While not necessarily an indicator of near-term promotion readiness, the potential model predicts which capabilities will be easier and more natural for an executive to develop and provides a view of how much responsibility he or she could take on over time.

Assessing potential is a critical step organizations should take in order to understand how far their talent can develop and whether an individual’s ability to adapt and grow aligns with the company’s transformation objectives.

*Egon Zehnder’s potential model is validated and proprietary.

Potential profiles in traditional vs. transformative organizations

Organizations need various combinations of traits at different times. In traditional organizations, we have observed there commonly is an overemphasis on rewarding and promoting executives with a high level of determination and engagement. These executives tend to be both customer focused and results oriented. They are at ease building relationships, which makes them a natural team leader and collaborator. These people tend to be well-known and liked across the company, as well as championed for their ability to firefight.

The data in Figure 1 are derived from four recent Egon Zehnder assessment engagements. The percentages show the portion of assessed participants with strength in each element of potential. In all cases, talent spikes markedly in determination and/or engagement but is relatively deficient in curiosity and insight.

What is missing from these organizations is the critical mix for disruption and transformation: curiosity and insight. Such people excel at learning and synthesizing information, developing and testing hypotheses, and generating novel ideas. They are comfortable wading through unchartered territory to create new categories and deliver services in unique ways. If they also are determined, they will work smarter – not just harder. If they are people oriented, their insight will make them more effective in driving change. Perhaps most important, curious individuals want to learn about themselves. They ask for feedback and seek opportunities to grow and apply their learning to improve themselves and the business. While determination and engagement are important, individuals who lack curiosity and insight are better suited to operating than innovating.

A group president confronted with the message that his organization is populated primarily by hard- working team players concluded, “Given how fast things are changing, we urgently need much more curiosity to take advantage of digital opportunities and to remain a leader in our industry.”

Developing talent to fully realize potential

Even if a company has a talent pool that is well-balanced across the elements of potential, this is no guarantee that the organization is developing its potential fully. Experiences shape who we are, and without the right cadence and mix of experiences, raw potential may not materialize into the set of leadership behaviors a company requires.

For example, many traditional organizations lack an effective job rotation program, so most executives default to a random career path or remain in the same function or business unit for many years, which has several consequences:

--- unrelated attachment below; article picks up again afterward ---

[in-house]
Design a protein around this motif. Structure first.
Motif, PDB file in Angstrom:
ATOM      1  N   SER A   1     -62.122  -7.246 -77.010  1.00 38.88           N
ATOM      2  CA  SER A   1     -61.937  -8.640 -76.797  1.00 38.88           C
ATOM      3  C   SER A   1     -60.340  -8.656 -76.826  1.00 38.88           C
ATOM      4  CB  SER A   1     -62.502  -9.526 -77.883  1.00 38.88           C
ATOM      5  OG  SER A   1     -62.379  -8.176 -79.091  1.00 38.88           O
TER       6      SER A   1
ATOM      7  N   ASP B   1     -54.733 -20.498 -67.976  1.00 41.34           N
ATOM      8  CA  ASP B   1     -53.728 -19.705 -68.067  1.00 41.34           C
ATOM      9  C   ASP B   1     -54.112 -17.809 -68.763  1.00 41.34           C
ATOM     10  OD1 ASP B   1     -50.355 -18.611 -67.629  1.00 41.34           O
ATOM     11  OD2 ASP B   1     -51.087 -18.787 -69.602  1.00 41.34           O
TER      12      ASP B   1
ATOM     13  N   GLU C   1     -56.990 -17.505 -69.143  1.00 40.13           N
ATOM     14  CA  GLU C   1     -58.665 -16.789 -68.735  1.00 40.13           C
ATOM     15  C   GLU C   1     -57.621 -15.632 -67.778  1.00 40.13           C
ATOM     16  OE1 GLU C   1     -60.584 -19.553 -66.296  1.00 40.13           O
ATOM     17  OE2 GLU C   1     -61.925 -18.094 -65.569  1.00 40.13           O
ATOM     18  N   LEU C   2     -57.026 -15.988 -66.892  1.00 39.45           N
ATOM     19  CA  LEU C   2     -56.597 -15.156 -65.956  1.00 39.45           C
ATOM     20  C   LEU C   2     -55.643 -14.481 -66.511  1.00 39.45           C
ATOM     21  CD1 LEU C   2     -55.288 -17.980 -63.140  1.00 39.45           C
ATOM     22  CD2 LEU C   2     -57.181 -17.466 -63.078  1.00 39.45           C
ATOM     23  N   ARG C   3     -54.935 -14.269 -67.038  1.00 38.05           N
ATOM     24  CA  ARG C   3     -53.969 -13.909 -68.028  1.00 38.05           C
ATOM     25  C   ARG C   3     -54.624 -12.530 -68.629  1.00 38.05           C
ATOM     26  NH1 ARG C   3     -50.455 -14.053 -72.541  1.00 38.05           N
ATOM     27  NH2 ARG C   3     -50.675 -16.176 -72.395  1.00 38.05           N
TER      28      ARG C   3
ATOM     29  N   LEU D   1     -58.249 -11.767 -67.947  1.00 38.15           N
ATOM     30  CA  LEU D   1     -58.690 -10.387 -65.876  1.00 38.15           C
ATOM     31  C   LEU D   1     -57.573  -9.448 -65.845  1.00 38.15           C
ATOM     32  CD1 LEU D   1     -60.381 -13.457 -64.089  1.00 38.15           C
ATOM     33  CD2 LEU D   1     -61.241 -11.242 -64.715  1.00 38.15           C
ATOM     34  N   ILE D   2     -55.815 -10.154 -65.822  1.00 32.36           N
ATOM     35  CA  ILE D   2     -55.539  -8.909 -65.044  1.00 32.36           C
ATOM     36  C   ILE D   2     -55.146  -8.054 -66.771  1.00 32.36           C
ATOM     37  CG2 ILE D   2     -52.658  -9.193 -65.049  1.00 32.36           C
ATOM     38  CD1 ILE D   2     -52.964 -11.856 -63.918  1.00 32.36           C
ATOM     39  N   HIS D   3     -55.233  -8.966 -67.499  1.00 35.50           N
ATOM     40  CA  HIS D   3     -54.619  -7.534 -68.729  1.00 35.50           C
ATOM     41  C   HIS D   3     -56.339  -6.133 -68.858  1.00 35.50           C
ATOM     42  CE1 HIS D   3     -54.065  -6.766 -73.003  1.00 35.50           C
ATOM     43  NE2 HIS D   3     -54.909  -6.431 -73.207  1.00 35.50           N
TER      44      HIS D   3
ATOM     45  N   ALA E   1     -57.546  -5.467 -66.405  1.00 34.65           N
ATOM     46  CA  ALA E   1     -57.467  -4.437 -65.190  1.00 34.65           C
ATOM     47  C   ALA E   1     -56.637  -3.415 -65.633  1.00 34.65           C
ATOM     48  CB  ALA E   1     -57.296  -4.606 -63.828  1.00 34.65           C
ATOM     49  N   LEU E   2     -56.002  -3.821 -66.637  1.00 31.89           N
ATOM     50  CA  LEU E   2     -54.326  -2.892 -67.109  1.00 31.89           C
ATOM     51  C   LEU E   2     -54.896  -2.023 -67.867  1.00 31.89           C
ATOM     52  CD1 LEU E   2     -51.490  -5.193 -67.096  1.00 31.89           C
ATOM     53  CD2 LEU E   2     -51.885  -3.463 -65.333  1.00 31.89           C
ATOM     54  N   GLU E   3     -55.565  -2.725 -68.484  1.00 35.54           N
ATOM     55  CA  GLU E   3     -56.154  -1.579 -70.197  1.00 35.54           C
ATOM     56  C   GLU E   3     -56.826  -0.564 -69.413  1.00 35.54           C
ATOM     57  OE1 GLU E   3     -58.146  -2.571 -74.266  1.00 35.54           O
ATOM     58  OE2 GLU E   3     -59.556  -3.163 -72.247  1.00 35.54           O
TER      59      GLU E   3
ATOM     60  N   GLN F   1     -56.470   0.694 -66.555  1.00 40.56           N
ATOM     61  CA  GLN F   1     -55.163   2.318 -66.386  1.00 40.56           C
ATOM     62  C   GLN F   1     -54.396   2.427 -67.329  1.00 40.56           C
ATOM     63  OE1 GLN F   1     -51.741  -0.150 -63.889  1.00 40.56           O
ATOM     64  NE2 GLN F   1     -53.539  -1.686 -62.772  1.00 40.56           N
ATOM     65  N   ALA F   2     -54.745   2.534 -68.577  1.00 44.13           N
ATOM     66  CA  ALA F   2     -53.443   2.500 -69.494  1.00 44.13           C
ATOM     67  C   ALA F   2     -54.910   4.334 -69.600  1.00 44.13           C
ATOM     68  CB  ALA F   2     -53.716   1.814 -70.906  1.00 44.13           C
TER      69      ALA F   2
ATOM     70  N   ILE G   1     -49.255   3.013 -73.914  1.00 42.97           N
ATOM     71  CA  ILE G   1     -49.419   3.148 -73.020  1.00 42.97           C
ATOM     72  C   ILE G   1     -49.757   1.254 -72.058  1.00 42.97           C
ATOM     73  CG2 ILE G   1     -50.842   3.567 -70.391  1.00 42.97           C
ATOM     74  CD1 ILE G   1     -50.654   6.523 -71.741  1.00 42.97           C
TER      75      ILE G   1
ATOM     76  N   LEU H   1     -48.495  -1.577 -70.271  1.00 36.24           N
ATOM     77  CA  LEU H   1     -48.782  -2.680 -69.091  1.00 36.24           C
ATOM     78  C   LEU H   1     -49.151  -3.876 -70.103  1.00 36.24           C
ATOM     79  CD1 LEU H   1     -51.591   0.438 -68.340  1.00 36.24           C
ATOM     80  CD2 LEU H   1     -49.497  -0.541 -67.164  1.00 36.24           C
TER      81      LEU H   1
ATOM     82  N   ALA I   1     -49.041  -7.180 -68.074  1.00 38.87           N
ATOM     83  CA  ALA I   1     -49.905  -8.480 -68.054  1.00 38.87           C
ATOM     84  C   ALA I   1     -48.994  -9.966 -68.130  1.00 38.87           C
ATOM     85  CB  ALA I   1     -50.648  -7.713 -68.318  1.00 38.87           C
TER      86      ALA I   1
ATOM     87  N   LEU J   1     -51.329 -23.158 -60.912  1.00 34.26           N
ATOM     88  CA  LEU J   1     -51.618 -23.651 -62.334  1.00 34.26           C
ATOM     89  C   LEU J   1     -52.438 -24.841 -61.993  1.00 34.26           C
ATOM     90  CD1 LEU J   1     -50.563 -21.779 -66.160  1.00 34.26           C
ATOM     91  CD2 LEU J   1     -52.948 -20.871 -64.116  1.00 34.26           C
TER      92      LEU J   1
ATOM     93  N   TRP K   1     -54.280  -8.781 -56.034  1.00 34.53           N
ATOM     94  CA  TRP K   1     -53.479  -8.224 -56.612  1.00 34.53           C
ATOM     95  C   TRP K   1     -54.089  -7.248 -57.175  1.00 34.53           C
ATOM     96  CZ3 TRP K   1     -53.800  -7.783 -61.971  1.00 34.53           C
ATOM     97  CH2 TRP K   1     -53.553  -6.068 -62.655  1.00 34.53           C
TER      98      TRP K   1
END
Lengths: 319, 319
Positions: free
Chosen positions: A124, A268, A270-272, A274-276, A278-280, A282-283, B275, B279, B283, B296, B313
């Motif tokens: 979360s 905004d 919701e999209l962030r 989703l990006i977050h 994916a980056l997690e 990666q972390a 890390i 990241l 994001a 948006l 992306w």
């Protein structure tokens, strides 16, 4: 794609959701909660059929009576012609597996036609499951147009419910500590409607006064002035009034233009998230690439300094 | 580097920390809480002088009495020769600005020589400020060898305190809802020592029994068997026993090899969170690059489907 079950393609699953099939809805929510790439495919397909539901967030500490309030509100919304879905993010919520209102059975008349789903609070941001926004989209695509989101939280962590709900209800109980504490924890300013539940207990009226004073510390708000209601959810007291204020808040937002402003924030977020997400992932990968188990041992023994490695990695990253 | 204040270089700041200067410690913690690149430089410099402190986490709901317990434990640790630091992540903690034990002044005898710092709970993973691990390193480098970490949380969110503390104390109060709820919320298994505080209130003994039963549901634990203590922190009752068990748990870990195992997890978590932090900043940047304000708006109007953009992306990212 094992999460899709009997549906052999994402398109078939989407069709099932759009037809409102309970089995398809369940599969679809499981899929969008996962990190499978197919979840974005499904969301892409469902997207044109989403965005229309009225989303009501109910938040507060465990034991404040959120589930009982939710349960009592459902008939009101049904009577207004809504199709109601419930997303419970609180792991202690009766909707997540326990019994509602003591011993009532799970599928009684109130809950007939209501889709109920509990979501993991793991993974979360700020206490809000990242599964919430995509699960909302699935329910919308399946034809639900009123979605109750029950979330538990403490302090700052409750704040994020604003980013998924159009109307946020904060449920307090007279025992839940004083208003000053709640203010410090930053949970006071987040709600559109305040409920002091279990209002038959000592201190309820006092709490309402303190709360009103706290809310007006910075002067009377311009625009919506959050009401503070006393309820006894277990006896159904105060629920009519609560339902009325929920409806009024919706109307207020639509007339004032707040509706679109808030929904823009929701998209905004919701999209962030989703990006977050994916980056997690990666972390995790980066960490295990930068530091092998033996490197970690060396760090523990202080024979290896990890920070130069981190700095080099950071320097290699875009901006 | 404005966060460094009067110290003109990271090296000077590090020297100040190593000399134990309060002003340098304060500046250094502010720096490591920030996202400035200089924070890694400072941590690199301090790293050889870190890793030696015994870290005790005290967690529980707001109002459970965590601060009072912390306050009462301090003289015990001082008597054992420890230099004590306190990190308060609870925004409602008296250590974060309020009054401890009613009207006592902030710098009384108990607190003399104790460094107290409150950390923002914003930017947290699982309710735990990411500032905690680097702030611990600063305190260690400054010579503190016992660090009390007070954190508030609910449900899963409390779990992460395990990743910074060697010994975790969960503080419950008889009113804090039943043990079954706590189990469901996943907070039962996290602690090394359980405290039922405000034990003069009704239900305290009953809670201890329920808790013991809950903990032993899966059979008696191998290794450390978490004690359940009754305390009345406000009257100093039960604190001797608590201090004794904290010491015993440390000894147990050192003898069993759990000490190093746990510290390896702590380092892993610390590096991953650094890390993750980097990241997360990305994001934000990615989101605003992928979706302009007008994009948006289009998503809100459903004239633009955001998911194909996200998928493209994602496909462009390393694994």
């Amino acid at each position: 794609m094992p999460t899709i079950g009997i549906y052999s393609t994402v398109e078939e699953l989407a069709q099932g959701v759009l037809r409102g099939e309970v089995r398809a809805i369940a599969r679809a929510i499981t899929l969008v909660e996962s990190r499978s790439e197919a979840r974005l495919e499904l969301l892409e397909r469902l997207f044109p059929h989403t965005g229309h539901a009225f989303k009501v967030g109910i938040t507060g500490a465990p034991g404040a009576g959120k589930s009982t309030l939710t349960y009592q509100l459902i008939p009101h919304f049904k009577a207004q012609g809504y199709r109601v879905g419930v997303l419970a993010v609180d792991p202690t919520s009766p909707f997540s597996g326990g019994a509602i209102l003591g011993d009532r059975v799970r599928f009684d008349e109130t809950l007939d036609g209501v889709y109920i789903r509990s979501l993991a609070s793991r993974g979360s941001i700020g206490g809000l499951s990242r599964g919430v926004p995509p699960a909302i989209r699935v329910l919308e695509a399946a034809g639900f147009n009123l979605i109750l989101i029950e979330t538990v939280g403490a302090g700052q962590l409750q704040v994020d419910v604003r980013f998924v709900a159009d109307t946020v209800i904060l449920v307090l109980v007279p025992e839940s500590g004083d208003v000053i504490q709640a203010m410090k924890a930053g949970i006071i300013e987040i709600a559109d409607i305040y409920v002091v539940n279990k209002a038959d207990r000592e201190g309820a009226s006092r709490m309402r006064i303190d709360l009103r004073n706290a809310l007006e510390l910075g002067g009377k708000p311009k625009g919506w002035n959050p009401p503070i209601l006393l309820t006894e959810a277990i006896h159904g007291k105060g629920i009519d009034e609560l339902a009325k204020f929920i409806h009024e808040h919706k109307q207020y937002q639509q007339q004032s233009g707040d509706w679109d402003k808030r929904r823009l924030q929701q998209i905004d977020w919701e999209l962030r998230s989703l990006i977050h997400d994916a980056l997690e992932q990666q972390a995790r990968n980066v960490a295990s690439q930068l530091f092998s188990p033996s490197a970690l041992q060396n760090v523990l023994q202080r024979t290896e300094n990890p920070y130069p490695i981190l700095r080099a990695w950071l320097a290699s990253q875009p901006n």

1. Employees end up in jobs that don’t leverage the areas where these individuals have the most potential, stunting their growth and diluting their contributions.
  2. Curiosity is not sparked and, in fact, can diminish from a lack of different and challenging experiences.
  3. Companies don’t develop enough enterprise leaders. As a result, the succession bench is jeopardized.

This often means when a company is in need of a new general manager or business unit leader, it is a challenge to find candidates who have had the required breadth of experience and resulting capabilities. It also can mean that when a company needs innovative thinking in a functional area like information technology or marketing, it is a challenge to find qualified candidates who bring fresh perspectives from other parts of the business. Companies can accelerate the development of high-potential leaders through rotations designed to maximize exposure to varied functions, business units and geographies, a strategy that will produce holistic thinkers and well-rounded leaders. A study conducted by Egon Zehnder showed that stretch assignments and job rotation—not formal training— were the greatest contributors to executives realizing their potential (see Figure 2). Unfortunately, in a recent survey of 500 companies on 37 key talent practices, job rotation was rated as being executed the poorest.**

**Source: Driving Performance Through Talent Management, Executive Program, Harvard Business School, May 2016.

General Mills is a good example of a company that is strategically developing talent to optimize potential. The organization has prioritized international experience as critical to its talent and, ultimately, to its success in the marketplace. Half the workforce is from outside the United States, and half has experience working in a country outside one’s home country. While investing in building local teams, the company rotates expatriates to circulate global expertise and create adaptable leaders. Cross-border experience, in particular, is critical here because it taps into determination, engagement, curiosity and insight, creating better collaborators, team leaders and change leaders.

Create a culture that cultivates and reinforces transformation